Less than 20 percent of United Airlines’ pilots are women or people of color — a statistic the carrier wants to change.

So United said last week that it had set a goal to train 5,000 new pilots, at least half of them women or people of color, at its new flight school over the next decade. In a statement, CEO Scott Kirby said those pilots would be guaranteed a job after completing the requirements of the airline’s pilot career development program, called Aviate.

“Our flight deck should reflect the diverse group of people on board our planes every day,” the airline said in a tweet.

While some social media users praised the goal, others protested — and some high-profile conservative media personalities described the goal as “wokeness” run amok.

A spokesman for United declined to address the pushback. The airline responded to one user in a tweet, saying that all “highly qualified candidates” who are accepted into the academy “will have met or exceeded the standards we set for admittance.”

“Our commitment to diversity is about recruiting from the deepest pool possible of exceptional and qualified candidates who want to pursue a career as a commercial airline pilot, particularly those who otherwise may not have attempted to do so due to a variety of factors, primarily financial barriers,” said United spokesman Charles Hobart. “We believe that we’re going to be a better, strong airline because of this, and we also understand that our pilot group needs to better reflect the communities that we serve.”

United and its credit card partner, JPMorgan Chase, have dedicated $2.4 million in scholarship money to the goal. The airline is partnering with groups including the Organization of Black Aerospace Professionals, Sisters of the Skies, the Latino Pilots Association and the Professional Asian Pilots Association, which will identify applicants for the scholarships and help direct potential students to the United Aviate Academy.

“It’s about recruiting from the deepest pool possible and ensuring that we’re able to bring more qualified candidates into the pilot pipeline,” Hobart said. “By looking everywhere for talent, particularly within communities that have traditionally been underserved while also upholding our high standards, we’ll be a better airline for it.”

Joel Webley, chair of the board of directors of the Organization of Black Aerospace Professionals, said in a statement that the group plans to form a consortium of nonprofits to provide additional support for scholarship recipients including mentorship, career development resources and financial help. He called the United goal “an ambitious and public affirmation of not only the value of diversity, but the business benefits of it.”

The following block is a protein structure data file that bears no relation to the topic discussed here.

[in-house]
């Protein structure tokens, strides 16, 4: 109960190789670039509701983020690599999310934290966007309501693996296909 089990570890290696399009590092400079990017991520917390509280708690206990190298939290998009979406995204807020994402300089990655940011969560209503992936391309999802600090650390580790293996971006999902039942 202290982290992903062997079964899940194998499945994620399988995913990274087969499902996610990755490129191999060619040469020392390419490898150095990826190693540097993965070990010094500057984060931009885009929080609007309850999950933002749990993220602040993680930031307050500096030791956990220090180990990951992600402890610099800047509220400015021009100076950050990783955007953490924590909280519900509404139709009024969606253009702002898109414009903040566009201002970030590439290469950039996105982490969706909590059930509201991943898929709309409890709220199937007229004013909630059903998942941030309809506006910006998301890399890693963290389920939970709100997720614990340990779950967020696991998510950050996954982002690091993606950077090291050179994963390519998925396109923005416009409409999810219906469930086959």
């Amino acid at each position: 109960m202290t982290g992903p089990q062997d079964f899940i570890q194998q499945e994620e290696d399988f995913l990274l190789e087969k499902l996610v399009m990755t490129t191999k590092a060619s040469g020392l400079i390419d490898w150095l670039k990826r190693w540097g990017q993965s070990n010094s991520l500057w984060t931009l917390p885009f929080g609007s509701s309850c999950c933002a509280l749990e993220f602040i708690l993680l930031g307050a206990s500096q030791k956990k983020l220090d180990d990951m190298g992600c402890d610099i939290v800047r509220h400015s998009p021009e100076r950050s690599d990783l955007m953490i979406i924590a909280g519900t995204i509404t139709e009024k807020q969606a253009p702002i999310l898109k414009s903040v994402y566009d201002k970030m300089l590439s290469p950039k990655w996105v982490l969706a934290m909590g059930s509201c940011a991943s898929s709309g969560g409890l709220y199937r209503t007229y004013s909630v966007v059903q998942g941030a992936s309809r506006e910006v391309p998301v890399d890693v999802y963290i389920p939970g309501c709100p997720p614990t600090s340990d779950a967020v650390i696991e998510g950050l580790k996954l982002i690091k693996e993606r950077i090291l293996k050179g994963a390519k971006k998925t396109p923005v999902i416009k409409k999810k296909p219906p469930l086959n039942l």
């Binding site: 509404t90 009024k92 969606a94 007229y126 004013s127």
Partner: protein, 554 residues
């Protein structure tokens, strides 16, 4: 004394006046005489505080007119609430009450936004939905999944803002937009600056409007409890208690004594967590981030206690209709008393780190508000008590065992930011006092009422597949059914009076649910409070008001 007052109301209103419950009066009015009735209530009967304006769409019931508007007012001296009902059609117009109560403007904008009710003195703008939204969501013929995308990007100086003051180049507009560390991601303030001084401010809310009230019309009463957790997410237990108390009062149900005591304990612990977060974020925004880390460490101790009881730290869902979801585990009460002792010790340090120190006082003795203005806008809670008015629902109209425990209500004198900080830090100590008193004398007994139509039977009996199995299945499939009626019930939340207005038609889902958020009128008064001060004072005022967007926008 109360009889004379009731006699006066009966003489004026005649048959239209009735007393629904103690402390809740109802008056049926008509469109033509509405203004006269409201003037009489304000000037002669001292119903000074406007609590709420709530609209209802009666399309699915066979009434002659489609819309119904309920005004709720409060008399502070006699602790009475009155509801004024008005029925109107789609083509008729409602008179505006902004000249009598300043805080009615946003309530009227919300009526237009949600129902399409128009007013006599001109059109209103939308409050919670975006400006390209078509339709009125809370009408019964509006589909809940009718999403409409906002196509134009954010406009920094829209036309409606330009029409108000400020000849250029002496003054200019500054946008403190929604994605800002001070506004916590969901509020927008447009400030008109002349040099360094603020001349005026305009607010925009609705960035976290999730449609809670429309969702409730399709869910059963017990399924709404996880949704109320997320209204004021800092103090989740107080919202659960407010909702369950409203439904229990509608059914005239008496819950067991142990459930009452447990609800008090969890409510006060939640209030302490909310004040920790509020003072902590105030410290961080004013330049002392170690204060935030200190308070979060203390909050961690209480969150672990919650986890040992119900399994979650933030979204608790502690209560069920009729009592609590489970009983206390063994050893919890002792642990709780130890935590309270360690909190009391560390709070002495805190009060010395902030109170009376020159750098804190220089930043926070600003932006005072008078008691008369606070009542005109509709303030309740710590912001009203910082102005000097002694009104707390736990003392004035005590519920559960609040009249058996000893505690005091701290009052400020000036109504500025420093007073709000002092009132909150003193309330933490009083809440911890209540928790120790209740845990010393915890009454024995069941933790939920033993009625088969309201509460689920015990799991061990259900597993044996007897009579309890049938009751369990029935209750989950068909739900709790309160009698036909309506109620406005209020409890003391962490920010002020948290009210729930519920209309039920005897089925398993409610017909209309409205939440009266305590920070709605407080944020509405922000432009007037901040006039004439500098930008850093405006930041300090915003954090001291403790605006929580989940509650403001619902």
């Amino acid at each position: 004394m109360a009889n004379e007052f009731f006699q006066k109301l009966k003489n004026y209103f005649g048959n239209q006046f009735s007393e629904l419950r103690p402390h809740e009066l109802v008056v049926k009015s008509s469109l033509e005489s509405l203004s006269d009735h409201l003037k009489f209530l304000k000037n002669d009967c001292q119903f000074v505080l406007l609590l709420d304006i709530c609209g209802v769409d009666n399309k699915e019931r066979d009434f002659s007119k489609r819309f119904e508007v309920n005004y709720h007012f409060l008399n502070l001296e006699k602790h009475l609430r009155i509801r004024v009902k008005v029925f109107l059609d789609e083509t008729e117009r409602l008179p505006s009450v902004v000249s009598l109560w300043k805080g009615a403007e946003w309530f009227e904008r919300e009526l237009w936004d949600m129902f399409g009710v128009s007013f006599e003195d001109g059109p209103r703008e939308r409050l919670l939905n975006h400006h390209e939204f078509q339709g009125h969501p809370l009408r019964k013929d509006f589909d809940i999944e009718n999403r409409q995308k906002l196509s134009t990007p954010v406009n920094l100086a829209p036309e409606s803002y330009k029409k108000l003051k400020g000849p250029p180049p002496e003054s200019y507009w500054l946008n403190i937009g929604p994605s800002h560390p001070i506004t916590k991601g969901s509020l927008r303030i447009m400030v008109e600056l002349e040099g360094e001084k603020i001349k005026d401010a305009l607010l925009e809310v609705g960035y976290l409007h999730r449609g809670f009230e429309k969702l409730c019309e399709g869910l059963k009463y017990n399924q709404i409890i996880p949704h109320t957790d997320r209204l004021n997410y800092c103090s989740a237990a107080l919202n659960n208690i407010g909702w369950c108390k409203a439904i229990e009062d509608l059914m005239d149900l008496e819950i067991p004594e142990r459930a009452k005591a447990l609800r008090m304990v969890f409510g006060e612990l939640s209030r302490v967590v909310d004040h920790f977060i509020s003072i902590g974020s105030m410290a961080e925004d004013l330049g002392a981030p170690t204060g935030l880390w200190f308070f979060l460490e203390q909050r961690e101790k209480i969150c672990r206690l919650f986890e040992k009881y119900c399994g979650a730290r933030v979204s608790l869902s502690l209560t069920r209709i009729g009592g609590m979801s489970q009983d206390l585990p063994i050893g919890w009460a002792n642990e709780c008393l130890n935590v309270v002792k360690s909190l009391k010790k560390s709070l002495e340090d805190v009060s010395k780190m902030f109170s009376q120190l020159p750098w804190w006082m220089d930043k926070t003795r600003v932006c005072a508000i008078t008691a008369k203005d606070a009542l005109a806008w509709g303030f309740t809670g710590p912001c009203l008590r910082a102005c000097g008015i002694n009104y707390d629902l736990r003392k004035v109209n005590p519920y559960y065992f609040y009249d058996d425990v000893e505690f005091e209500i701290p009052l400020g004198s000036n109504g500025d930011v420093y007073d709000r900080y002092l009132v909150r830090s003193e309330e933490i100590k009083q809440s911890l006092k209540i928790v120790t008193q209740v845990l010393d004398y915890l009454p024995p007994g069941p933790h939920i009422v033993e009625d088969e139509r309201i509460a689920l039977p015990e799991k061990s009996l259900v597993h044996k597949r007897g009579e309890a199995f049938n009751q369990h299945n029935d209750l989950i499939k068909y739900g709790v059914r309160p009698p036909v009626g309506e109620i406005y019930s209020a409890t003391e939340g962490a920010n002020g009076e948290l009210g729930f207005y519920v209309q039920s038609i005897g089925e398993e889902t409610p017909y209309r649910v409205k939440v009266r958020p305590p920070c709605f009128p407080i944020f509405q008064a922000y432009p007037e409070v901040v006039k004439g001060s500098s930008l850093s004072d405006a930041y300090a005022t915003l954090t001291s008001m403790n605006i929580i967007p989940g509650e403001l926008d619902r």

“It’s a bold statement, and United Airlines should be applauded for having the courage to state it so publicly,” Webley said. “Over the years, many companies have dedicated resources and dollars to solving these challenges, but rarely with this level of direct investment for students. We hope Aviate will serve as a model for other companies in the future.”

United says it expects to hire more than 10,000 pilots total over the next decade, roughly double the amount it plans to train. For those who take the United Aviate Academy path, the flight training school’s website lays out the years-long process to become a United pilot, including training, building flight hours and flying for a regional carrier.

“We will be sure that all safety standards are met and will continue to be met,” said Capt. Todd Insler, chairman of the pilot union at United. “This will not be dumbed down. It will be plussed up.”

He said the union supports the initiative “because it provides opportunities and exposure for individuals who may not have pursued a career in aviation.”

Criticism of the plan suggested United was prioritizing the wrong qualities and, in many cases, overlooked the fact that pilots would still have to undergo extensive training to be eligible for a job.

Daily Wire columnist Matt Walsh penned an opinion piece titled “United Offers Passengers Exciting Opportunity To Die In Diverse And Equitable Plane Crash.” Fox News host Tucker Carlson tackled the issue the day after United’s announcement, accusing the airline of prioritizing identity politics over safety.

“So if hiring on the basis of irrelevant criteria will, over time, get people killed — and it will — why are they demanding it?” he said. “Because they don’t care. They’re ideologues. They’re suffering from an incurable brain disease called wokeness.”

And Piers Morgan — who resigned from “Good Morning Britain” last month after criticizing Meghan, Duchess of Sussex — wrote in the Daily Mail that White male pilots were being discriminated against by the airline’s plan.

“The woke tyranny that’s swept through corporate America is now forcing companies like United into making these asinine, potentially deadly decisions purely to appease the woke mob and pre-emptively defend themselves against non-existent racism or sexism,” he wrote.

Courtland Savage, founder and CEO of Fly for the Culture, which aims to expand diversity in aviation by working with young people who are interested in the profession, said the goal of the program was great. But “new methods will be needed to attract the younger generation,” he said in an email. “The current culture of aviation is toxic.”

He said the views espoused by Carlson are shared by some pilots — which, he said, is a risk to aviation. Savage, who recently resigned as an airline pilot and started the recruiting and aviation consulting company Savage Aviation, said the kind of vitriol that followed the announcement could hurt the efforts to draw more diverse candidates to the field.

“Children, young teens, young adults all see the comments on social media,” he said.

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